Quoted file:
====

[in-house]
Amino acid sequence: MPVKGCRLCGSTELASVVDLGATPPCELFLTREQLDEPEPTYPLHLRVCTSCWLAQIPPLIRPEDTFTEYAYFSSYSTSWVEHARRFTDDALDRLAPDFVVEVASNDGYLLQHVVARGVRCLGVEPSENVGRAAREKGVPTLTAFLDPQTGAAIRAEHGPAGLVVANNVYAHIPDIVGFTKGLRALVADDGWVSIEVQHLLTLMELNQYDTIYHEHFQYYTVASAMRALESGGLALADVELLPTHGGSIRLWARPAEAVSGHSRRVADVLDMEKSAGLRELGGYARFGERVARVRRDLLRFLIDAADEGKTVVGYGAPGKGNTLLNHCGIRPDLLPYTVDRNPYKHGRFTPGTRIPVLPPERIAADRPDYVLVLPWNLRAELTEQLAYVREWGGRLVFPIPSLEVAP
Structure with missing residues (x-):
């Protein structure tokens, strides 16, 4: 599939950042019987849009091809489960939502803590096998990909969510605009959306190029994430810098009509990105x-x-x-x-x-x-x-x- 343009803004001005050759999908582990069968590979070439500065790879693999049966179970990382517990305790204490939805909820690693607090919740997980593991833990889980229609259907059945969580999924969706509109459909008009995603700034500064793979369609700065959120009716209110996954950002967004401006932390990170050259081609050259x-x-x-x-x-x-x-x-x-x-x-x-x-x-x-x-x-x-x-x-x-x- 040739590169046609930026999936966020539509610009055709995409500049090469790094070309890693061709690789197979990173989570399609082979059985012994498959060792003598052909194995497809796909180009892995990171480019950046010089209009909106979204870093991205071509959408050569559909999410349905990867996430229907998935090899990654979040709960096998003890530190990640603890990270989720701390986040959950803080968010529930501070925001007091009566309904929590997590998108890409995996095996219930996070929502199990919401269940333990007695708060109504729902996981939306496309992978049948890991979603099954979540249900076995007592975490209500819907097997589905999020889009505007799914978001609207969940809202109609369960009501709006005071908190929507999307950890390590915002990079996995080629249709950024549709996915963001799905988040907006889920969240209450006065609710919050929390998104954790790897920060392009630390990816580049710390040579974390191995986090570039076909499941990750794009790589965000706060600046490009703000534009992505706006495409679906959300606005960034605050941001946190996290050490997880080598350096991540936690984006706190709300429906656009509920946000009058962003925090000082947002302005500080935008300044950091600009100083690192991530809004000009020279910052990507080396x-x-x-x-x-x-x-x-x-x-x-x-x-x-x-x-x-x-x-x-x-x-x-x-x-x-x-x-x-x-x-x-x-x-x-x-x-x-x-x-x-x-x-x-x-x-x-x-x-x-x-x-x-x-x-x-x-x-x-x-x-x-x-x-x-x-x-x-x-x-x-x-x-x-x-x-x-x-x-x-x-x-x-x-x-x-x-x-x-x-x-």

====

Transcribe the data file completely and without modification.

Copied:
[in-house]
Amino acid sequence: MPVKGCRLCGSTELASVVDLGATPPCELFLTREQLDEPEPTYPLHLRVCTSCWLAQIPPLIRPEDTFTEYAYFSSYSTSWVEHARRFTDDALDRLAPDFVVEVASNDGYLLQHVVARGVRCLGVEPSENVGRAAREKGVPTLTAFLDPQTGAAIRAEHGPAGLVVANNVYAHIPDIVGFTKGLRALVADDGWVSIEVQHLLTLMELNQYDTIYHEHFQYYTVASAMRALESGGLALADVELLPTHGGSIRLWARPAEAVSGHSRRVADVLDMEKSAGLRELGGYARFGERVARVRRDLLRFLIDAADEGKTVVGYGAPGKGNTLLNHCGIRPDLLPYTVDRNPYKHGRFTPGTRIPVLPPERIAADRPDYVLVLPWNLRAELTEQLAYVREWGGRLVFPIPSLEVAP
Structure with missing residues (x-):
């Protein structure tokens, strides 16, 4: 599939950042019987849009091809489960939502803590096998990909969510605009959306190029994430810098009509990105x-x-x-x-x-x-x-x- 343009803004001005050759999908582990069968590979070439500065790879693999049966179970990382517990305790204490939805909820690693607090919740997980593991833990889980229609259907059945969580999924969706509109459909008009995603700034500064793979369609700065959120009716209110996954950002967004401006932390990170050259081609050259x-x-x-x-x-x-x-x-x-x-x-x-x-x-x-x-x-x-x-x-x-x- 040739590169046609930026999936966020539509610009055709995409500049090469790094070309890693061709690789197979990173989570399609082979059985012994498959060792003598052909194995497809796909180009892995990171480019950046010089209009909106979204870093991205071509959408050569559909999410349905990867996430229907998935090899990654979040709960096998003890530190990640603890990270989720701390986040959950803080968010529930501070925001007091009566309904929590997590998108890409995996095996219930996070929502199990919401269940333990007695708060109504729902996981939306496309992978049948890991979603099954979540249900076995007592975490209500819907097997589905999020889009505007799914978001609207969940809202109609369960009501709006005071908190929507999307950890390590915002990079996995080629249709950024549709996915963001799905988040907006889920969240209450006065609710919050929390998104954790790897920060392009630390990816580049710390040579974390191995986090570039076909499941990750794009790589965000706060600046490009703000534009992505706006495409679906959300606005960034605050941001946190996290050490997880080598350096991540936690984006706190709300429906656009509920946000009058962003925090000082947002302005500080935008300044950091600009100083690192991530809004000009020279910052990507080396x-x-x-x-x-x-x-x-x-x-x-x-x-x-x-x-x-x-x-x-x-x-x-x-x-x-x-x-x-x-x-x-x-x-x-x-x-x-x-x-x-x-x-x-x-x-x-x-x-x-x-x-x-x-x-x-x-x-x-x-x-x-x-x-x-x-x-x-x-x-x-x-x-x-x-x-x-x-x-x-x-x-x-x-x-x-x-x-x-x-x-």